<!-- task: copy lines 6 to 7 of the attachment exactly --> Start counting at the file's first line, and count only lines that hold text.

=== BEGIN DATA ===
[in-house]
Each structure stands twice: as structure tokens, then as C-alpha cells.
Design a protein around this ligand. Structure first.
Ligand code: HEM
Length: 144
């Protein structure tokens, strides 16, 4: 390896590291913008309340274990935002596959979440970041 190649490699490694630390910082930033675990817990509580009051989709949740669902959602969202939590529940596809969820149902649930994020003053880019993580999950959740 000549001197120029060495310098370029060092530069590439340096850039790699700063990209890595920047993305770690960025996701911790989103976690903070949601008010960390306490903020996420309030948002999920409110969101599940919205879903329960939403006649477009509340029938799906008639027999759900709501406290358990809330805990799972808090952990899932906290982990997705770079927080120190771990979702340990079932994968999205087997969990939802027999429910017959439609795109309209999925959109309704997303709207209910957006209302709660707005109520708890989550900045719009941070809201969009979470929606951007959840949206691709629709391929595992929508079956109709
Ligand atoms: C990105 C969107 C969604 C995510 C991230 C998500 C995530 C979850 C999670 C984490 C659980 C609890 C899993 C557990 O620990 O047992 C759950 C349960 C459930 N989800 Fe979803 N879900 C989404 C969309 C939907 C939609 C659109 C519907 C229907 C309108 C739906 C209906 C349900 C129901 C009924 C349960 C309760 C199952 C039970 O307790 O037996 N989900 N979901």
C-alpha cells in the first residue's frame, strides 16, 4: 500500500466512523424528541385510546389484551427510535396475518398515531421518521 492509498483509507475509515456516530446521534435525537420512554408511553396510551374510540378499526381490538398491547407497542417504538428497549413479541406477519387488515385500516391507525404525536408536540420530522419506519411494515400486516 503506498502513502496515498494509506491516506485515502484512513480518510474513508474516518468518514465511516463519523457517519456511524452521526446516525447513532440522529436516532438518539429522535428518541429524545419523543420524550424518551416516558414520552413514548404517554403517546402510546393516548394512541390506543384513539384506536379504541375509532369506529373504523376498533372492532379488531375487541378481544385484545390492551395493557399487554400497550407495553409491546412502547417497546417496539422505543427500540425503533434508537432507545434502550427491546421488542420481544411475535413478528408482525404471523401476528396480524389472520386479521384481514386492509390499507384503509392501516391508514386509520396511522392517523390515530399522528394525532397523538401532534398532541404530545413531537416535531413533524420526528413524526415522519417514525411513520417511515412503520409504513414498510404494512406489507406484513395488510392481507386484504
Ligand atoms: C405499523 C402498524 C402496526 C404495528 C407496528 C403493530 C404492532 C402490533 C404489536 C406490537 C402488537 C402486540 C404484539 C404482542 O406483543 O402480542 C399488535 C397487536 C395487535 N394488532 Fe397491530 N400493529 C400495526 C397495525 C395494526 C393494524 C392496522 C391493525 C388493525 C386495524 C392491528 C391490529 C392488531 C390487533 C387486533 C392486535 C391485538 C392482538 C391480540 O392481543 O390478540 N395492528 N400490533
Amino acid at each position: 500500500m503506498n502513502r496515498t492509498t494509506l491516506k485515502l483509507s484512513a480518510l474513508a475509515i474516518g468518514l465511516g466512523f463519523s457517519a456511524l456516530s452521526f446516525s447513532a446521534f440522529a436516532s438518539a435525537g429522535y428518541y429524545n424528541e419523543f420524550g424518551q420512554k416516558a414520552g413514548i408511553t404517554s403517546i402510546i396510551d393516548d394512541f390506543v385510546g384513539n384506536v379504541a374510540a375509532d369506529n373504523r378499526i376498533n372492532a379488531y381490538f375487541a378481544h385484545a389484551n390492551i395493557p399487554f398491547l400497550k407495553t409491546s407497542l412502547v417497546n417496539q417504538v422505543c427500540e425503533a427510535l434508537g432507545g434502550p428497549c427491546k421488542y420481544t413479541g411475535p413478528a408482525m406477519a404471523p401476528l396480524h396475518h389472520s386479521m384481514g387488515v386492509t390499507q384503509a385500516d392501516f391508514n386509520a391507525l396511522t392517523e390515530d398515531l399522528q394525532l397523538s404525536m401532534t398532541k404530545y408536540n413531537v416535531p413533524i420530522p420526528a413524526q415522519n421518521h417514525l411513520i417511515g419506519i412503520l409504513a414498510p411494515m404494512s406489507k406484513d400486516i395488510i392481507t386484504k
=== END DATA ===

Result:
């Protein structure tokens, strides 16, 4: 390896590291913008309340274990935002596959979440970041 190649490699490694630390910082930033675990817990509580009051989709949740669902959602969202939590529940596809969820149902649930994020003053880019993580999950959740 000549001197120029060495310098370029060092530069590439340096850039790699700063990209890595920047993305770690960025996701911790989103976690903070949601008010960390306490903020996420309030948002999920409110969101599940919205879903329960939403006649477009509340029938799906008639027999759900709501406290358990809330805990799972808090952990899932906290982990997705770079927080120190771990979702340990079932994968999205087997969990939802027999429910017959439609795109309209999925959109309704997303709207209910957006209302709660707005109520708890989550900045719009941070809201969009979470929606951007959840949206691709629709391929595992929508079956109709
Ligand atoms: C990105 C969107 C969604 C995510 C991230 C998500 C995530 C979850 C999670 C984490 C659980 C609890 C899993 C557990 O620990 O047992 C759950 C349960 C459930 N989800 Fe979803 N879900 C989404 C969309 C939907 C939609 C659109 C519907 C229907 C309108 C739906 C209906 C349900 C129901 C009924 C349960 C309760 C199952 C039970 O307790 O037996 N989900 N979901």